Some audiophiles swear that cables can make or break the sound of their hi-fis, while others poo-poo the idea and use the cheapest hardware store wires. The debates have raged for years, but the only way to really know for sure is to try a set of high-end cables in your system. When I sold hi-fis for a living, I convinced a lot of reluctant customers to buy a set of cables, with the promise I'd refund their money if they didn't hear a difference. The majority of them kept the cables; even some of the most skeptical … Read more
TVs are great and all, but if you want really epic entertainment, you need a projector. One-hundred-plus inches of high-definition awesomeness.
Projectors, though, are a two-piece system. There's the projector that gets all the attention, and the lowly screen that actually lets you see an image.
There are many choices when it comes to screens. Here's what you need to know.… Read more
If you were concerned after reading CNET's recent report that most home routers can be easily hacked, I don't blame you. The study did sound ominous, but the good news is that your network is likely far less susceptible than the report suggests. And more importantly, there are things you can do to make sure it's secure.
Two things are vital to keeping your network safe: proper settings and prudence. The first step is easy; you … Read more
Subwoofers are used in most home theater systems, but subs can also radically improve the sound of stereo systems -- and not just the ones with small speakers. Subs can provide a foundation to the sound that few speakers can muster on their own. So adding a sub is not just about adding more and deeper bass; rather, a properly integrated subwoofer can improve the overall sound of the system.
The No. 1 question I get from readers is something along the lines of "What's the best speaker?" Some readers include a price range, which is a huge help, but there are a lot of factors that should be considered when selecting a speaker. Or to be more precise, a speaker system.
Speakers "play" the room, so room size and acoustics should be taken into consideration when buying speakers. The pair of 8-inch tall speakers that might sound great in a 10-by-12-foot bedroom probably won't cut it in a 25-by-40-foot living room, where you … Read more
At some point, you've probably considered hooking your computer up to your TV. Maybe you even purchased a video cable, only to realize that being hunched over your computer and tethered to the TV is far from the awesome setup you had in mind.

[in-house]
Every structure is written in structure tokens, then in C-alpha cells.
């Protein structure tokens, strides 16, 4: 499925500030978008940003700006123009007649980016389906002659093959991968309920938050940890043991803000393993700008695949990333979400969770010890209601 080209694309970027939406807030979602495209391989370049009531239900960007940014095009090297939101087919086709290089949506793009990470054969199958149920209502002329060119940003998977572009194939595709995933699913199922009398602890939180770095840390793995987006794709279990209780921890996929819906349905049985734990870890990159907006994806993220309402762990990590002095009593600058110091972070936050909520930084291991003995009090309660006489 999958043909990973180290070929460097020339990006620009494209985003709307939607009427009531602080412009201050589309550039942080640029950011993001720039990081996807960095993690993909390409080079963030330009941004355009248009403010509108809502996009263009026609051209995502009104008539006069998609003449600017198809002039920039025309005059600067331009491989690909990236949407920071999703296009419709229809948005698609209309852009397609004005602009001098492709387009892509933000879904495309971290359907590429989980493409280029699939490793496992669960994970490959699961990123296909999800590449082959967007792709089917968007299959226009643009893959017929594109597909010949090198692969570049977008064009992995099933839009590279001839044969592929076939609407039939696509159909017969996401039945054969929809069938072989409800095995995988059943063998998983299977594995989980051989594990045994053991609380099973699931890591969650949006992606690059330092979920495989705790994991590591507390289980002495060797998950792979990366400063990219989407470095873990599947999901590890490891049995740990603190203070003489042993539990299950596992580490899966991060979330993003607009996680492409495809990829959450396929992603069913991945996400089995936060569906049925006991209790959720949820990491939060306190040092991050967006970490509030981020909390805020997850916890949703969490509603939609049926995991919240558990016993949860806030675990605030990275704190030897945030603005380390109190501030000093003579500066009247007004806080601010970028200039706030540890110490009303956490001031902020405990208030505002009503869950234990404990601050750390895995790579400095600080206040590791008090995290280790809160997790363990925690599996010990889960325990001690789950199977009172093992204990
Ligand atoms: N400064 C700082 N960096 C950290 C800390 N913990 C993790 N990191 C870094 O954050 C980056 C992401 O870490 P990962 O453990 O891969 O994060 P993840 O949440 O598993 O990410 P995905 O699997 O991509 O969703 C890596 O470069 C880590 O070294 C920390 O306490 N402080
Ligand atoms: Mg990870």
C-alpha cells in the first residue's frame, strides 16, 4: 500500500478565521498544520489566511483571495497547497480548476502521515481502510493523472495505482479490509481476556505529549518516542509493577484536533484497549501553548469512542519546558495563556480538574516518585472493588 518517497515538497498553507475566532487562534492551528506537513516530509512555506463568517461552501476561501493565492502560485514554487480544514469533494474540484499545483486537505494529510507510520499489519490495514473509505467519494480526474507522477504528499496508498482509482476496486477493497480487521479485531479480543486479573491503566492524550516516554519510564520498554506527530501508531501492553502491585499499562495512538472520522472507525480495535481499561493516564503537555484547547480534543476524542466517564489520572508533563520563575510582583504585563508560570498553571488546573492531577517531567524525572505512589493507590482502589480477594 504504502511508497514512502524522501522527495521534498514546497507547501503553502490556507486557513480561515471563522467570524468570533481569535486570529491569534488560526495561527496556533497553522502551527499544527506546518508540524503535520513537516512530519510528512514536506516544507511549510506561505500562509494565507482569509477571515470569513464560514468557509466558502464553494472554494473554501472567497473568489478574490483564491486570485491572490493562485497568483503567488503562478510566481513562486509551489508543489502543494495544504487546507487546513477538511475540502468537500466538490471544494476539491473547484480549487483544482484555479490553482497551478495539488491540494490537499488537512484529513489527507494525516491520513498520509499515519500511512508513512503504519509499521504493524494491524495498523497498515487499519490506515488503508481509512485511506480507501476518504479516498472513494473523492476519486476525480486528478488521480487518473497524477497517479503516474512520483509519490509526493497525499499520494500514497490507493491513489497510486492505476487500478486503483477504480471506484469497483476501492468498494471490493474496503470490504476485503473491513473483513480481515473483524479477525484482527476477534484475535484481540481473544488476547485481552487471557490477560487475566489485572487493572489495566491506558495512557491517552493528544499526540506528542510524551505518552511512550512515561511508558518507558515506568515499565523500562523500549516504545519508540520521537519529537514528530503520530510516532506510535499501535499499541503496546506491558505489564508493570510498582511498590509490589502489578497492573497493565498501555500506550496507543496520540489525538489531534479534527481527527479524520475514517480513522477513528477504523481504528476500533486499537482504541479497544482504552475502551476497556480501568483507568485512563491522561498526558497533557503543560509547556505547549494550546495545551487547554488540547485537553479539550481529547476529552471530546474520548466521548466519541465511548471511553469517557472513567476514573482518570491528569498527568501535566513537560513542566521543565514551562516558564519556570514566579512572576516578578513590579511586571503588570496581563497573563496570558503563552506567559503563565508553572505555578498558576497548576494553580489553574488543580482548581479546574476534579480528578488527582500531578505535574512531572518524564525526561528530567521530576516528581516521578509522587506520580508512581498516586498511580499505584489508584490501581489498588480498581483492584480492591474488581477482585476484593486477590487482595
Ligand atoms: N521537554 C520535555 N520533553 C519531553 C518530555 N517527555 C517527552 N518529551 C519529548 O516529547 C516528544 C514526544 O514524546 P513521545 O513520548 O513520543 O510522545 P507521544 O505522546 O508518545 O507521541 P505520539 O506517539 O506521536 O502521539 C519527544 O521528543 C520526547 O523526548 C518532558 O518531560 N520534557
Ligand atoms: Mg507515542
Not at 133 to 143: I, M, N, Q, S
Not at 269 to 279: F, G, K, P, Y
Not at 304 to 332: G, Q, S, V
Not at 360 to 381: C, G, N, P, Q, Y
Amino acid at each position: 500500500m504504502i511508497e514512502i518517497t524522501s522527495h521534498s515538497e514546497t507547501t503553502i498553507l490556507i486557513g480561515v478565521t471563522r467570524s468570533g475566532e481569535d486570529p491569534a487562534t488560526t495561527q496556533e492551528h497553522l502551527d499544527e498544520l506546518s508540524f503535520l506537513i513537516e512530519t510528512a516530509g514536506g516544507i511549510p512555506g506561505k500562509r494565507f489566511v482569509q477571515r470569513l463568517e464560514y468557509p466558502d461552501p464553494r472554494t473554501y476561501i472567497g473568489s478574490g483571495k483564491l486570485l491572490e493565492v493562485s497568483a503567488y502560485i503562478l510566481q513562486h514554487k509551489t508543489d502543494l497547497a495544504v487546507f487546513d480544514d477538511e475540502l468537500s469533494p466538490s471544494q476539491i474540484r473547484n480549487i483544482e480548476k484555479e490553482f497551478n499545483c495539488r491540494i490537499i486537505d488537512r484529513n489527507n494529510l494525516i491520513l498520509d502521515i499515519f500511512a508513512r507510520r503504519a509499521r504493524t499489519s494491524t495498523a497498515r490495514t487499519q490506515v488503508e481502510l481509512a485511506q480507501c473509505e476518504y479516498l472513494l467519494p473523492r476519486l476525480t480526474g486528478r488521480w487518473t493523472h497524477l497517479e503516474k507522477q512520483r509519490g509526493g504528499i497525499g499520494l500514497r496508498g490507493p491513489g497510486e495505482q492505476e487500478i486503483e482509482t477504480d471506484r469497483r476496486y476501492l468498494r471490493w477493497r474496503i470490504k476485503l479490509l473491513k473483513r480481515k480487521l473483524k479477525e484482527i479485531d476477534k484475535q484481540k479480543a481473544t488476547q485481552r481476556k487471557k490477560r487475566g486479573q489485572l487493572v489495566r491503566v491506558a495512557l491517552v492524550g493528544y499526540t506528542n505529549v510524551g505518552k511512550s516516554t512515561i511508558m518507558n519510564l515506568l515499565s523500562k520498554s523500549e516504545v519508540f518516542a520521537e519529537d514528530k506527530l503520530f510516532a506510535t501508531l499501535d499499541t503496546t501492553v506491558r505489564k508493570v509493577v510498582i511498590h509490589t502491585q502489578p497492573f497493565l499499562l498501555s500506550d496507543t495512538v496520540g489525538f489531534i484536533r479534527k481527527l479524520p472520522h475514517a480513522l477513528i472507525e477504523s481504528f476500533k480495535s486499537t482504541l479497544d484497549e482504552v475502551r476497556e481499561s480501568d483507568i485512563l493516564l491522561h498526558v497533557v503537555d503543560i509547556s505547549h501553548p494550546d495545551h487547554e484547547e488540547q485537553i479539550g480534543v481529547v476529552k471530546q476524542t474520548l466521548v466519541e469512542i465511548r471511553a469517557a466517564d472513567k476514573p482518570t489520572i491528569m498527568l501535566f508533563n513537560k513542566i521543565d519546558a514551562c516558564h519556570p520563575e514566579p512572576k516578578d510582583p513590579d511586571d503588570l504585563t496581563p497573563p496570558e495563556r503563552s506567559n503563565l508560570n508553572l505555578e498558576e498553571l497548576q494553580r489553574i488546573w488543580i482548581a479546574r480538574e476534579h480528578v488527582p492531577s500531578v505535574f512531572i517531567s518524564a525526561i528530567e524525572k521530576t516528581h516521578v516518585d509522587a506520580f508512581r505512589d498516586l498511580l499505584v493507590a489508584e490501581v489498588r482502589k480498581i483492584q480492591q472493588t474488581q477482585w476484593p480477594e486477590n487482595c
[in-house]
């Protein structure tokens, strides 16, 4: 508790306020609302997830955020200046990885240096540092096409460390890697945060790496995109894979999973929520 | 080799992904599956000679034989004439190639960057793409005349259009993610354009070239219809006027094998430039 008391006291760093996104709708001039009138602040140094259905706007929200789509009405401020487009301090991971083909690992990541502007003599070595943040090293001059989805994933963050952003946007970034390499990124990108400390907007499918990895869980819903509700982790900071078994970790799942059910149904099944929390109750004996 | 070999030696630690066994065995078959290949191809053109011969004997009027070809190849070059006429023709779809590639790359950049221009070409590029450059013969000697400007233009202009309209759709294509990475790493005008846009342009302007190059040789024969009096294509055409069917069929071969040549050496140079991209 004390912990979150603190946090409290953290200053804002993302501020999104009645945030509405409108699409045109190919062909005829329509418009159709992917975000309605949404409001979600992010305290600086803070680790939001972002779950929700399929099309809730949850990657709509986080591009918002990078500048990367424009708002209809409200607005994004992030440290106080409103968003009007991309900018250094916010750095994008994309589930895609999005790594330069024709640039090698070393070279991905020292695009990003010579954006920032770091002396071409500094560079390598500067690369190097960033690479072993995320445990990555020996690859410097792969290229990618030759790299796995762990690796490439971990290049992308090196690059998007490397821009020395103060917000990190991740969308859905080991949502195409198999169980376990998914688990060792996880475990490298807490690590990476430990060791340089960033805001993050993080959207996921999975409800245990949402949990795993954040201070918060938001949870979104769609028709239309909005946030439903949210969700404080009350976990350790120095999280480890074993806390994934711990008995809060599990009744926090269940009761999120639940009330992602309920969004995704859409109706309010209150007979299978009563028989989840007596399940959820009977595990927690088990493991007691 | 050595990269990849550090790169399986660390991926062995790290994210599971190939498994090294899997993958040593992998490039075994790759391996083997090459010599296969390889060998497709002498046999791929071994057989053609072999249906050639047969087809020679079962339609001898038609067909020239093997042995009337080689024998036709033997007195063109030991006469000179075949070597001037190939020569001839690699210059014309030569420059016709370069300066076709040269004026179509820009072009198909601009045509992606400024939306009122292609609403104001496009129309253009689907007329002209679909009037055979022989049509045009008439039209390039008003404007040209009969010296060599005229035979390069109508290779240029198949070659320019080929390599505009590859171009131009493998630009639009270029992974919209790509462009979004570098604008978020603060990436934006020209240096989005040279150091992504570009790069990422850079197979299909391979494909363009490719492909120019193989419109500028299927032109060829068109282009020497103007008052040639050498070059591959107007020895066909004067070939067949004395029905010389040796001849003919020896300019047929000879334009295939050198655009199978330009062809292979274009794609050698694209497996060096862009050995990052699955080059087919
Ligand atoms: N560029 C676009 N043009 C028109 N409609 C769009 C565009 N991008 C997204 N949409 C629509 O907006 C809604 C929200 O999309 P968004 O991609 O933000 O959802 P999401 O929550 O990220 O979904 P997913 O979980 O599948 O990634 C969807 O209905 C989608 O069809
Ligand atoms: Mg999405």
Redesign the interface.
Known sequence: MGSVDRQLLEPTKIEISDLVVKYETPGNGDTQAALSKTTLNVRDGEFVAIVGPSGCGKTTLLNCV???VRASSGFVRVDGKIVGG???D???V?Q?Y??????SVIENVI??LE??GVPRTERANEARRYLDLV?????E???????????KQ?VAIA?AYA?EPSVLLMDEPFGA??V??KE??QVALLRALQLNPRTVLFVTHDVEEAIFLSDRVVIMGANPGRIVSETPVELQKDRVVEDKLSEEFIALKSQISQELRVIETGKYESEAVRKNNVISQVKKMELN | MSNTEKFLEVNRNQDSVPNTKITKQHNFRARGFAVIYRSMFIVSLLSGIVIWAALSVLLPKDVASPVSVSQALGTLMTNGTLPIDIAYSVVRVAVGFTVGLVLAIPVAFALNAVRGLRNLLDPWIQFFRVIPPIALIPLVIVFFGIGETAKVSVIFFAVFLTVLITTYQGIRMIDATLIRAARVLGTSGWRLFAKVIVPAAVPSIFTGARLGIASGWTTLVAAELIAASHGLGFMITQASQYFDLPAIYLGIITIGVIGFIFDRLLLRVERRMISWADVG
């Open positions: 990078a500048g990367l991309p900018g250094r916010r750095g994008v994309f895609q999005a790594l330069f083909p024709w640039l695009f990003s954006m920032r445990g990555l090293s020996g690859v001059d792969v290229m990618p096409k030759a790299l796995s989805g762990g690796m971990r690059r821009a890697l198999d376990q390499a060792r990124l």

Hooking up your computer to your TV can be as simple or as complex as you want. A basic setup lets you stream the occasional Web video, while a more advanced rig lets you access movie and music files from computers across your home network.
But the most brag-worthy home theater PCs (HTPCs) include all … Read more
One of the things that separates high-end audio from mass market gear is that it's built to last and perform at a high level for decades. I bought a 20-year-old, mint condition Audio Research SP-6C tube preamplifier 10 years ago. It looked great and sounded wonderful, but a few years later I sold it to my cousin, who was just starting to get into high-end audio.
Late last year, I bought a 30-year-old Krell KSA 50 stereo amplifier from one of my old customers. He loved the amp and listened to it all the time, but he needed money … Read more
Most audiophiles' first "serious" speaker is a small, two-way monitor, so whenever I come across a little one that strikes my fancy I share it with my readers. The Teac LS-H265 is such a speaker, and priced at $199 a pair, it's definitely in the affordable price range.
The LS-H265 measures just 7.1x11.5x10.2 inches and weighs 9.7 pounds. It has a 1-inch dome tweeter and a 5-inch woofer. I can't get over how gorgeous the piano-black finish is; the LS-H265 looks better than a lot of $600 and $700 speakers! The speaker … Read more
When I dropped by the Park Avenue Audio NYC showroom, I was on a mission to find an audiophile bookshelf speaker that wouldn't break the bank. The store's selection covers a wide gamut, but the majority of speakers are $1,000-plus per pair. Then I ran across the Monitor Audio "Silver" RX1; it's a medium-size bookshelf speaker, measuring a tidy 12.3 x 7.3 x 9.4 inches. At 15 pounds, it feels surprisingly heavy for its size. It has a 1-inch ceramic-coated aluminum/magnesium-alloy dome tweeter and a 6-inch metal woofer. The speakers … Read more